In August 2013, I started what I intended to be a year in which I would “do without” something I was used to for a month at a time. At the end of the year, according to my plan, I would have had twelve opportunities to experience the extent to which I had the discipline to “do without.” I wanted to test the boundaries of my discipline.
I learned that my discipline was poor, at best. Ultimately, my experiment failed. No, it was not the experiment that failed; it was me. I failed miserably.
The first month, I did without coffee; that was easy.
The second month, I did without alcohol; that was easy, as well.
The third month, I did without meat; well, for three weeks. I lied to myself when I considered that moderately successful.
The fourth month, I did without social media (except for my blog); but not for long. I gave up Facebook for several weeks, but rationalized my way back to it before I’d been away for a month.
The fifth month, I did without restaurant meals; but only briefly. Again, I rationalized the failure; “It’s December and people expect you to go out with them.” That sort of rationalization. It was not just that. I allowed myself to rationalize my way out of my commitment by using the excuse that I should not force my wife to suffer “doing without” just because I wanted to prove something to myself. That was an excuse without decency; I was not exposing her to anything she was unable to withstand and she did not “do without” anything during my experiment.
By the sixth month, I had abandoned my year of doing without. I did not make a big deal of the abandonment of my grand experiment. I acknowledged it, sort of, but in a way that made abject failure seem a little like a moderate success.
This morning, as I was reading what I wrote about my experience in “doing without,” something I wrote two and one-half months in struck me:
As I was mulling over what this exercise in doing without may be teaching me, I kept coming back to the fact that my experience is purely voluntary. The challenges of my “doing without” pale in comparison to the daily experiences of people the world over who have no choice but to do without. People everywhere do without electricity, running water, adequate food, sanitary living conditions, and reasonable assurances they are safe from attack. They live in a state of imposed asceticism with little hope for escape.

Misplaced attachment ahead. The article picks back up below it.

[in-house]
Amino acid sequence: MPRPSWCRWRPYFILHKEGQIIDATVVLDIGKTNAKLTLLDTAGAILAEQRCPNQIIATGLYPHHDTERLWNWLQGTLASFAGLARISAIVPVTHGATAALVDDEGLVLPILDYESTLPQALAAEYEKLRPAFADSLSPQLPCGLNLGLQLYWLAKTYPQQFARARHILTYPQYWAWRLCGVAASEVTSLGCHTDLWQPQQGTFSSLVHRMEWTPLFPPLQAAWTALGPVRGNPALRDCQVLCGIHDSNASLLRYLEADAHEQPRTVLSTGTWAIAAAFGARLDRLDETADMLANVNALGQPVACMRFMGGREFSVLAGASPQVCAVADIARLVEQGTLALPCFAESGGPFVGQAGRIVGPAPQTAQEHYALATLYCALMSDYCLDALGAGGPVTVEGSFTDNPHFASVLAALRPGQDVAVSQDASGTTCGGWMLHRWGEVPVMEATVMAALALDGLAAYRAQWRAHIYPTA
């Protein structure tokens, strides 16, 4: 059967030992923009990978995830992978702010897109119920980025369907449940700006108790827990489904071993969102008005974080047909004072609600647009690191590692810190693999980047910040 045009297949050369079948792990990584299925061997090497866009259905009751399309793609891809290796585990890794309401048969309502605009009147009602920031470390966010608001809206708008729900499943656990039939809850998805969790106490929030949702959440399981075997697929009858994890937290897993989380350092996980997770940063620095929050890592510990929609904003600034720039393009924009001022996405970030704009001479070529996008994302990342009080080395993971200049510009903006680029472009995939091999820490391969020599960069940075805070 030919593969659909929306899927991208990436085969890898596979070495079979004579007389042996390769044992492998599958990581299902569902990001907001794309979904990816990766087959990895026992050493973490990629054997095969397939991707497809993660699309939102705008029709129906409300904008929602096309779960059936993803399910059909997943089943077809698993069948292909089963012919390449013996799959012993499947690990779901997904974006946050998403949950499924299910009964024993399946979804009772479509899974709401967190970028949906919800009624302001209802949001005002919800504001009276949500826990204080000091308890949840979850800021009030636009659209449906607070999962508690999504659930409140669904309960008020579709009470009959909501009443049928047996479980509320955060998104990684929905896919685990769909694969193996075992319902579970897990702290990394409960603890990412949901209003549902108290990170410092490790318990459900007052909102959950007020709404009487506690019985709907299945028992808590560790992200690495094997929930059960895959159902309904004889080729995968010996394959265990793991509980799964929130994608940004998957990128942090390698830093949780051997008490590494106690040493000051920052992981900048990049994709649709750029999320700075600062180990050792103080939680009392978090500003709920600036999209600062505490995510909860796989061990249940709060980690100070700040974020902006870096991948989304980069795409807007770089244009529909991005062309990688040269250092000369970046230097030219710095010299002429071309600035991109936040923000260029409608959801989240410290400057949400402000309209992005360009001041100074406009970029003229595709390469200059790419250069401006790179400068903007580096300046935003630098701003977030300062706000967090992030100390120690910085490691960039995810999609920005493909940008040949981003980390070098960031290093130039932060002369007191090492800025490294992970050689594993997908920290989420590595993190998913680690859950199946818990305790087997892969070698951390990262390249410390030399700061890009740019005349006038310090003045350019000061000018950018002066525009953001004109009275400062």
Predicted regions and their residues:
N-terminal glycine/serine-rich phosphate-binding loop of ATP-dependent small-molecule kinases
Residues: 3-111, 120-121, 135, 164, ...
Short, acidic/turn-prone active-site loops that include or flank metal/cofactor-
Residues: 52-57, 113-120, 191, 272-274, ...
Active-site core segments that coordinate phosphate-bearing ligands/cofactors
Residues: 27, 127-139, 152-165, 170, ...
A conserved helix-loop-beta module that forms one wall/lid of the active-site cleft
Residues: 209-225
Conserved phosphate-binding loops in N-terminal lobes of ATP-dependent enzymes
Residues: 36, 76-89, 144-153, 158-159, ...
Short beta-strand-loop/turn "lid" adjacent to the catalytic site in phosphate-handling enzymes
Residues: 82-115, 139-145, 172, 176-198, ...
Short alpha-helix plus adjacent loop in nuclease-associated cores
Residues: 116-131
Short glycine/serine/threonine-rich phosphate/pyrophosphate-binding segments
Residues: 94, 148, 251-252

My one-month experiments are pin-pricks compared to the open, festering wounds of people who have no choice but to live month-by-month and year-by-year in conditions that I might be unable to tolerate and sustain for even a week.
Though my one-month experiments thus far have not been especially difficult, at least they have begun to make me realize and appreciate how truly little I suffer in comparison to others. I hope to keep learning from these experiences.
Perhaps I can learn more than to simply appreciate what I have. Perhaps I will learn not only that I don’t need some of the luxuries to which I’ve become so accustomed, but that I am doing myself, and the world around me, a disservice by taking advantage of their availability. Maybe doing without is good.
After reading those paragraphs, I realized how little I actually learned from the experience that, only a few months later, I abandoned entirely.
I watched part of a TED Talk a few days ago, in which a guy named Matt Cutts spoke of learning the limits of his discipline by doing, for just thirty days, something he’d always wanted to try. He said it opened his eyes and his mind. He’d done things ranging from riding his bike to work for thirty days to taking a picture every day for thirty days. His experiences opened him up to trying new things he would never had done before starting his thirty-day challenges.
My thirty-day challenges were to NOT do something for thirty days at a stretch. Maybe that’s the problem; my approach was to test my discipline in negative fashion. No, that’s not the way to think about it. I think, perhaps, it’s time to return to the concept to see whether the boundaries of my discipline can withstand tougher tests; abandon some things for thirty days, alternating with trying something new for thirty days. Or some combination thereof. As Matt Cutts said in his TED Talk, “You can do ANYTHING for thirty days.” We’ll see.